Ken Puddicombe sparks curiosity, melancholy, anger, and laughter as he shares the lives of the various characters in “Down Independence Boulevard”. These stories lend a glimpse into Guyana’s history and culture, while unraveling unique storylines. The reader is torn between being able to relate to the characters in one story, then feeling outraged by their actions in the next story! The stories build slowly, and you find yourself pondering and questioning, and then the answers are slowly revealed. As a first generation Canadian, I thoroughly enjoyed learning about Guyana through the lives of Puddicombe’s diverse characters, his choice of settings, and the lifestyles of the characters. “Down Independence Boulevard” left me missing the characters and wondering what is to come for them…perhaps a sequel!


Having read the previous books by Ken Puddicombe,I must say that Down Independence Boulevard was masterfully presented by him and once again showed his skilful depiction to detail, which appeal to the five senses and imagination. Ken’s way of delving into our imagination with his many sensuous details help the reader realize that persons,places and things are within the phenomenon he describes.
The start of every page not only brought humour but the longing to get to the next page to experience the characters with the imagination you could be that person.
Reading the assorted stories was a pleasant change from having to read through a book with the same characters from beginning to end.
Well done; highly recommended and look forward to the next writings of Ken Puddicombe.
Bazp


Elaine Gardiner

March 7, 2018 at 3:47 pm

“Down Independence Boulevard” is an amazing first collection of short stories and Ken Puddicombe’s remarkable story telling. “Black Friday” left me with sadness; “The Family Photograph” brought a smile to my face, but “The Last Straw” has to be my favourite, as I am left imagining about the outcome of the moustache (!) and hoping that Zorina was able to have a successful and happier life, but then I am continuing in my mind what was only a story, but such a good one!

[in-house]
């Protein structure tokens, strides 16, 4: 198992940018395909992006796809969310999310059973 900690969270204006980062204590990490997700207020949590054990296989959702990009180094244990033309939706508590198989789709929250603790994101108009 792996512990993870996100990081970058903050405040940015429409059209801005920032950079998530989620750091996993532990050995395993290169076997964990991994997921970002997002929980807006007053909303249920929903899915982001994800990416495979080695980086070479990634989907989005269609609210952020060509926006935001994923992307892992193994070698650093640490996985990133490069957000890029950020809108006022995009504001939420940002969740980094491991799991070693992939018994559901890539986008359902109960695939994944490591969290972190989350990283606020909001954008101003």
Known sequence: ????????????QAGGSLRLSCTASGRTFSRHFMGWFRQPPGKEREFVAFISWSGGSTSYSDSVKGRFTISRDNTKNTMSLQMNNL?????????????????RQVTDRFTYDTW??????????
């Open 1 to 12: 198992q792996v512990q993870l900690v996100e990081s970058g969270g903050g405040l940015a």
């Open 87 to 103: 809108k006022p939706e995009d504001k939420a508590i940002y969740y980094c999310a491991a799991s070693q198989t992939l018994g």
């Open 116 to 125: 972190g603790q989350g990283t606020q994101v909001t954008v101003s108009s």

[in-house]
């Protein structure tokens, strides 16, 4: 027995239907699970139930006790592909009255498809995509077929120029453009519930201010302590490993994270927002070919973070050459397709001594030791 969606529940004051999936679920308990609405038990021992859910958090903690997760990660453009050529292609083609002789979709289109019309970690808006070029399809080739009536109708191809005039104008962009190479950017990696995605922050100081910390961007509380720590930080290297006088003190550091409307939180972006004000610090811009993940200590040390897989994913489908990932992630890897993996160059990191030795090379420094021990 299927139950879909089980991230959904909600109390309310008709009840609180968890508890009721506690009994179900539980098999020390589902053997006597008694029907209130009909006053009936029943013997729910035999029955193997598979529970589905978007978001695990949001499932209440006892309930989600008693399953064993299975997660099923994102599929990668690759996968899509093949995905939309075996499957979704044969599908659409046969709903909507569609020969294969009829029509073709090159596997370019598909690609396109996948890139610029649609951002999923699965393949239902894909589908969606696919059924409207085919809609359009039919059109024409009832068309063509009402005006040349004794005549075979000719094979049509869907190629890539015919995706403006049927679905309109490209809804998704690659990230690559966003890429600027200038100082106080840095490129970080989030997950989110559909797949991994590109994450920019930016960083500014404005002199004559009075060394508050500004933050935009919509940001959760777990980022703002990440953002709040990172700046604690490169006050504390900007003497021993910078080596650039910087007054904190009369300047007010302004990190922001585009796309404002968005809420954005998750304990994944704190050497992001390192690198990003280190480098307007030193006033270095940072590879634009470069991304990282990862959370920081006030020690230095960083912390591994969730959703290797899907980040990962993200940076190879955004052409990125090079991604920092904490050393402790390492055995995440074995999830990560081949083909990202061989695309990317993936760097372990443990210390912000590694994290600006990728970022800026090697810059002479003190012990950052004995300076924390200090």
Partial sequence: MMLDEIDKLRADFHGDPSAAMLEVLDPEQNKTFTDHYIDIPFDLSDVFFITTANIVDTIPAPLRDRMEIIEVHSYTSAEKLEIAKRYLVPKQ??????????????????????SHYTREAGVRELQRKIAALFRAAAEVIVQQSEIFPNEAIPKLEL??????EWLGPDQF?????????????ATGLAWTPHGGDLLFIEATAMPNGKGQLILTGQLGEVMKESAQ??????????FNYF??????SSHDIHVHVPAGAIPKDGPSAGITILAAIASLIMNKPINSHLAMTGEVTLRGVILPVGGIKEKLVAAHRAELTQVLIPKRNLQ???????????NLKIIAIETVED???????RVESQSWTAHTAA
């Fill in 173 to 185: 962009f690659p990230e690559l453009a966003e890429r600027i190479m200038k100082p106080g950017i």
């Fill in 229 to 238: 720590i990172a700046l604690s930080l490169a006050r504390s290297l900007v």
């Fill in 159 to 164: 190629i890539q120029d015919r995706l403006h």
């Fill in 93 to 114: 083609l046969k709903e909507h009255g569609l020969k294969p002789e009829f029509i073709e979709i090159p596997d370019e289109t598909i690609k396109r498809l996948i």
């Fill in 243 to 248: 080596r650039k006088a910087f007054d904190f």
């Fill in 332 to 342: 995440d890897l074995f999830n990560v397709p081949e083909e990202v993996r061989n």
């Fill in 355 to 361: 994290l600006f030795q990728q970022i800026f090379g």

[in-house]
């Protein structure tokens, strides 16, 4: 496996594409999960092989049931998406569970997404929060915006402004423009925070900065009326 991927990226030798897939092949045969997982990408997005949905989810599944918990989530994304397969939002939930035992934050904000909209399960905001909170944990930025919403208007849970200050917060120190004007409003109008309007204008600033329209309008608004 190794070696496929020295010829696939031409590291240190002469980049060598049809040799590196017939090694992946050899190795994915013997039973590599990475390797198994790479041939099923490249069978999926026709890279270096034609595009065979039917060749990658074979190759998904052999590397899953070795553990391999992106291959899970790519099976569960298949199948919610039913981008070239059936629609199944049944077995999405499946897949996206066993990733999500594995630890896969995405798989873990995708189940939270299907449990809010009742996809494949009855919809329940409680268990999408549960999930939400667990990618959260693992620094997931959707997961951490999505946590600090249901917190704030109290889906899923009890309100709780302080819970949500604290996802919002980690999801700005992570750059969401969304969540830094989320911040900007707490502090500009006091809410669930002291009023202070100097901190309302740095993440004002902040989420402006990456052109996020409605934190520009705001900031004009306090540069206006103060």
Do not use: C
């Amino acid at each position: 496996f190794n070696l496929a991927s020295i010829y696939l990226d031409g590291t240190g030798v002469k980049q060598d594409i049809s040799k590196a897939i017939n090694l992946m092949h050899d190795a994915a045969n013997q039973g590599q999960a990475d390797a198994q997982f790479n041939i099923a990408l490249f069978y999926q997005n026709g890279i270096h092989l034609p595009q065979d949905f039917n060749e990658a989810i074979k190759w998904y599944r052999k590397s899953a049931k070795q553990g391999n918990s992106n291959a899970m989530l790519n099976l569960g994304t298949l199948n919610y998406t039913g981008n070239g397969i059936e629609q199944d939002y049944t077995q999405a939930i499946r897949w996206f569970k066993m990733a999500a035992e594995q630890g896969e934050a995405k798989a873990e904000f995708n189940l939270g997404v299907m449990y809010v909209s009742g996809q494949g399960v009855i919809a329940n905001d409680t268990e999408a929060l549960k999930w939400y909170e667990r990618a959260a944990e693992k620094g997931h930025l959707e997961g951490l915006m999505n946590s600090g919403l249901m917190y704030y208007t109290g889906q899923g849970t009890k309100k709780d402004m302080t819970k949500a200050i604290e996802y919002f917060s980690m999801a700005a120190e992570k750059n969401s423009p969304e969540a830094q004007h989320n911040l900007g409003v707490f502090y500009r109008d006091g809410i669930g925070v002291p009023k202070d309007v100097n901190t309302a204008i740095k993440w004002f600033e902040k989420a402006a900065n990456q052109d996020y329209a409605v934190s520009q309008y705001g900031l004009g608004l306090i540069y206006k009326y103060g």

Jean Tiwari

Down Independence Boulevard and other stories

A great book of well written and descriptive short stories.

I do have quite a few favourites, some of which relates to my years growing up in Guyana.

My favourite of all would be “The Last Straw” a story a woman being exploited by her in-laws and her very vain husband. Her revenge was quite amusing, and I smiled to
myself a long time after, whenever I thought of the ending. Was even smiling while writing this and recalling the story. Would love a follow up on this. -Jean Tiwari


A Cineaste Remembers…

[Cineaste: noun. Cinema enthusiast or devotee.]


 

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The cinema played an important part in my youth, for so many reasons.

For someone growing up in the Fifties in Georgetown, in what was then British Guiana, it was the main form, perhaps the only form  of entertainment. It’s importance and impact on our culture and development cannot be overstated.

Here are some recollections of what it was like.

[Comments and similar recollections invited from readers for moderation. Subject to editing].

My memory goes back far enough that I recall the price of a ticket back in the Fifties. We were still on the Sterling currency in those days and a ticket to see a movie cost Half-a-bit, which would be four cents. A Bit was eight cents. A Bit-and-a-half was twelve cents. A shilling was the next denomination. These were all silver coins, minted obviously in the mother country—England. —Ken Puddicombe.